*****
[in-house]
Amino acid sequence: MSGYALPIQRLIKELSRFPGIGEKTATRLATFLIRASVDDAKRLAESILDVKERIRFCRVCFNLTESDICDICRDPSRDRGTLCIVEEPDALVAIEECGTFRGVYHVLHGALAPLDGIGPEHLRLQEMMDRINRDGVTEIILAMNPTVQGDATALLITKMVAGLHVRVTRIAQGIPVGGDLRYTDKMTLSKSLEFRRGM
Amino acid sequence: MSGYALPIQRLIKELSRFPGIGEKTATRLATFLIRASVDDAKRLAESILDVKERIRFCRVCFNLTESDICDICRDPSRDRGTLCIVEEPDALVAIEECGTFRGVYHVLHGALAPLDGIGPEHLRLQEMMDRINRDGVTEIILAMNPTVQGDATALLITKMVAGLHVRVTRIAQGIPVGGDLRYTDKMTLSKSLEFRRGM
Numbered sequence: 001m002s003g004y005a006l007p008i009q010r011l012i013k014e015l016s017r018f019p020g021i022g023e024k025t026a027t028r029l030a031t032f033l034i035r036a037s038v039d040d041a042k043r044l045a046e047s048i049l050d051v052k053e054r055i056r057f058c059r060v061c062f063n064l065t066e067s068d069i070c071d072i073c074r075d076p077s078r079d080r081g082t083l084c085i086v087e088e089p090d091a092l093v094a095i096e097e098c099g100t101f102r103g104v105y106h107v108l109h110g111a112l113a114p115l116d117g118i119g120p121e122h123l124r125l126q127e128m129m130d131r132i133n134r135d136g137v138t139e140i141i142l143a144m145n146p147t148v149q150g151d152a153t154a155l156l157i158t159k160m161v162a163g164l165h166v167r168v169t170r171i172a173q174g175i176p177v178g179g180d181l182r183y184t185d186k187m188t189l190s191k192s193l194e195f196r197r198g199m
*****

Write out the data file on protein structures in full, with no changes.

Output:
[in-house]
Amino acid sequence: MSGYALPIQRLIKELSRFPGIGEKTATRLATFLIRASVDDAKRLAESILDVKERIRFCRVCFNLTESDICDICRDPSRDRGTLCIVEEPDALVAIEECGTFRGVYHVLHGALAPLDGIGPEHLRLQEMMDRINRDGVTEIILAMNPTVQGDATALLITKMVAGLHVRVTRIAQGIPVGGDLRYTDKMTLSKSLEFRRGM
Amino acid sequence: MSGYALPIQRLIKELSRFPGIGEKTATRLATFLIRASVDDAKRLAESILDVKERIRFCRVCFNLTESDICDICRDPSRDRGTLCIVEEPDALVAIEECGTFRGVYHVLHGALAPLDGIGPEHLRLQEMMDRINRDGVTEIILAMNPTVQGDATALLITKMVAGLHVRVTRIAQGIPVGGDLRYTDKMTLSKSLEFRRGM
Numbered sequence: 001m002s003g004y005a006l007p008i009q010r011l012i013k014e015l016s017r018f019p020g021i022g023e024k025t026a027t028r029l030a031t032f033l034i035r036a037s038v039d040d041a042k043r044l045a046e047s048i049l050d051v052k053e054r055i056r057f058c059r060v061c062f063n064l065t066e067s068d069i070c071d072i073c074r075d076p077s078r079d080r081g082t083l084c085i086v087e088e089p090d091a092l093v094a095i096e097e098c099g100t101f102r103g104v105y106h107v108l109h110g111a112l113a114p115l116d117g118i119g120p121e122h123l124r125l126q127e128m129m130d131r132i133n134r135d136g137v138t139e140i141i142l143a144m145n146p147t148v149q150g151d152a153t154a155l156l157i158t159k160m161v162a163g164l165h166v167r168v169t170r171i172a173q174g175i176p177v178g179g180d181l182r183y184t185d186k187m188t189l190s191k192s193l194e195f196r197r198g199m